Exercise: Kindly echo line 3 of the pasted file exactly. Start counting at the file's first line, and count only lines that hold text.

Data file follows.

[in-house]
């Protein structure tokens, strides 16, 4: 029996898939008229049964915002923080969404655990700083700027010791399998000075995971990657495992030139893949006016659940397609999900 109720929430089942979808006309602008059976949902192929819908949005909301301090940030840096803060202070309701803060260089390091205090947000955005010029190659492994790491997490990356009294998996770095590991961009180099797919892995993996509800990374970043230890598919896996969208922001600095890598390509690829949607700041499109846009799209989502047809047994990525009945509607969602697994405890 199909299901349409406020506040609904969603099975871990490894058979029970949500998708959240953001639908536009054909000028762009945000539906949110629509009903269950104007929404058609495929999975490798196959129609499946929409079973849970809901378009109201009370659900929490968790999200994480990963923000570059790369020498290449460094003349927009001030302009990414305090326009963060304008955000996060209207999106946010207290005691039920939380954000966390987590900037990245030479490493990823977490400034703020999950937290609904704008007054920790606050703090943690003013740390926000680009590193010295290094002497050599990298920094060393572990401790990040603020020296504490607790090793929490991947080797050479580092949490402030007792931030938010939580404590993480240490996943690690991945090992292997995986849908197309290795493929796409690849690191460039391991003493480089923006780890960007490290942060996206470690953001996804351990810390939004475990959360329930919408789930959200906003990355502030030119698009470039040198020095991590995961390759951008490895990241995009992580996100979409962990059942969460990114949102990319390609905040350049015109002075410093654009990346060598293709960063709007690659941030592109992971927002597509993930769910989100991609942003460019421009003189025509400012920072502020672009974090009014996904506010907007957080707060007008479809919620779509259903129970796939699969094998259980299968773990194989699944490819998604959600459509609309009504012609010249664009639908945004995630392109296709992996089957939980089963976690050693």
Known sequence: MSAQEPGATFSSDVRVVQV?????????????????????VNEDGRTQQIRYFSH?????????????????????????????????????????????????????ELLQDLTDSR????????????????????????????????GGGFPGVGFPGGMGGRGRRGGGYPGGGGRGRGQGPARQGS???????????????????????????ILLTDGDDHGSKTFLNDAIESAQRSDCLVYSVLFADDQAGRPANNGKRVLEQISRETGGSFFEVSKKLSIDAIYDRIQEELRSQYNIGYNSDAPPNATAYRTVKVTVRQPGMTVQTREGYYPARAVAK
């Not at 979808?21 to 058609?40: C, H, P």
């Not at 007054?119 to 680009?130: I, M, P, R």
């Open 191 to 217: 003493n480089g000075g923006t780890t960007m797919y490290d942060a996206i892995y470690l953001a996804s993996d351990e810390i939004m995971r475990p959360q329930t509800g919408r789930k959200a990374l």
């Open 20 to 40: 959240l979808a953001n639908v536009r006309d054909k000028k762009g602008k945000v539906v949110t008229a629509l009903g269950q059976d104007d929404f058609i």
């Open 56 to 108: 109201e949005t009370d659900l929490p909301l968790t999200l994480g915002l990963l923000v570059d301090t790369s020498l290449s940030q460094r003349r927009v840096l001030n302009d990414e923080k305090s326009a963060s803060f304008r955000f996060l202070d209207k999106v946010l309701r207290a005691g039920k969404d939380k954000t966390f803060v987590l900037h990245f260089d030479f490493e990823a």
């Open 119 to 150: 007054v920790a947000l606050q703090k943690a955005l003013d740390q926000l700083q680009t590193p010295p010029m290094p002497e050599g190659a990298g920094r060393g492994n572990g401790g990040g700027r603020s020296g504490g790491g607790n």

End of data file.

Known sequence: MSAQEPGATFSSDVRVVQV?????????????????????VNEDGRTQQIRYFSH?????????????????????????????????????????????????????ELLQDLTDSR????????????????????????????????GGGFPGVGFPGGMGGRGRRGGGYPGGGGRGRGQGPARQGS???????????????????????????ILLTDGDDHGSKTFLNDAIESAQRSDCLVYSVLFADDQAGRPANNGKRVLEQISRETGGSFFEVSKKLSIDAIYDRIQEELRSQYNIGYNSDAPPNATAYRTVKVTVRQPGMTVQTREGYYPARAVAK